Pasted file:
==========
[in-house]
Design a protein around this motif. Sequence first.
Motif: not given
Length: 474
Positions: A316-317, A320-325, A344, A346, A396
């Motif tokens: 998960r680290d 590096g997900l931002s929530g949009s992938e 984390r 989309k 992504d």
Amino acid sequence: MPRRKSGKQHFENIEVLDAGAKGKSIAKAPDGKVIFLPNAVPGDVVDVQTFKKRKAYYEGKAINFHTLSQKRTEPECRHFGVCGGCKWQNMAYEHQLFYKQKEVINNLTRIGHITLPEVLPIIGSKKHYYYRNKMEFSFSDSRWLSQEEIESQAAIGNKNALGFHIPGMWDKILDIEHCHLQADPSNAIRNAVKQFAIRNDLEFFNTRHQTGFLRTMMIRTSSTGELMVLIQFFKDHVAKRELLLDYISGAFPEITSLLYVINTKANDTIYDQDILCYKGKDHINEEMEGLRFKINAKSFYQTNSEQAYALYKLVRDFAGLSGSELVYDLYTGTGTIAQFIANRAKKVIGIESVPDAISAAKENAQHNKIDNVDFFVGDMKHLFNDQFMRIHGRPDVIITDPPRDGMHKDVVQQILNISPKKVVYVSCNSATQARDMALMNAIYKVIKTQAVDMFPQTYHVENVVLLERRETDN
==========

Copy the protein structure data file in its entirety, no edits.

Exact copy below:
[in-house]
Design a protein around this motif. Sequence first.
Motif: not given
Length: 474
Positions: A316-317, A320-325, A344, A346, A396
């Motif tokens: 998960r680290d 590096g997900l931002s929530g949009s992938e 984390r 989309k 992504d």
Amino acid sequence: MPRRKSGKQHFENIEVLDAGAKGKSIAKAPDGKVIFLPNAVPGDVVDVQTFKKRKAYYEGKAINFHTLSQKRTEPECRHFGVCGGCKWQNMAYEHQLFYKQKEVINNLTRIGHITLPEVLPIIGSKKHYYYRNKMEFSFSDSRWLSQEEIESQAAIGNKNALGFHIPGMWDKILDIEHCHLQADPSNAIRNAVKQFAIRNDLEFFNTRHQTGFLRTMMIRTSSTGELMVLIQFFKDHVAKRELLLDYISGAFPEITSLLYVINTKANDTIYDQDILCYKGKDHINEEMEGLRFKINAKSFYQTNSEQAYALYKLVRDFAGLSGSELVYDLYTGTGTIAQFIANRAKKVIGIESVPDAISAAKENAQHNKIDNVDFFVGDMKHLFNDQFMRIHGRPDVIITDPPRDGMHKDVVQQILNISPKKVVYVSCNSATQARDMALMNAIYKVIKTQAVDMFPQTYHVENVVLLERRETDN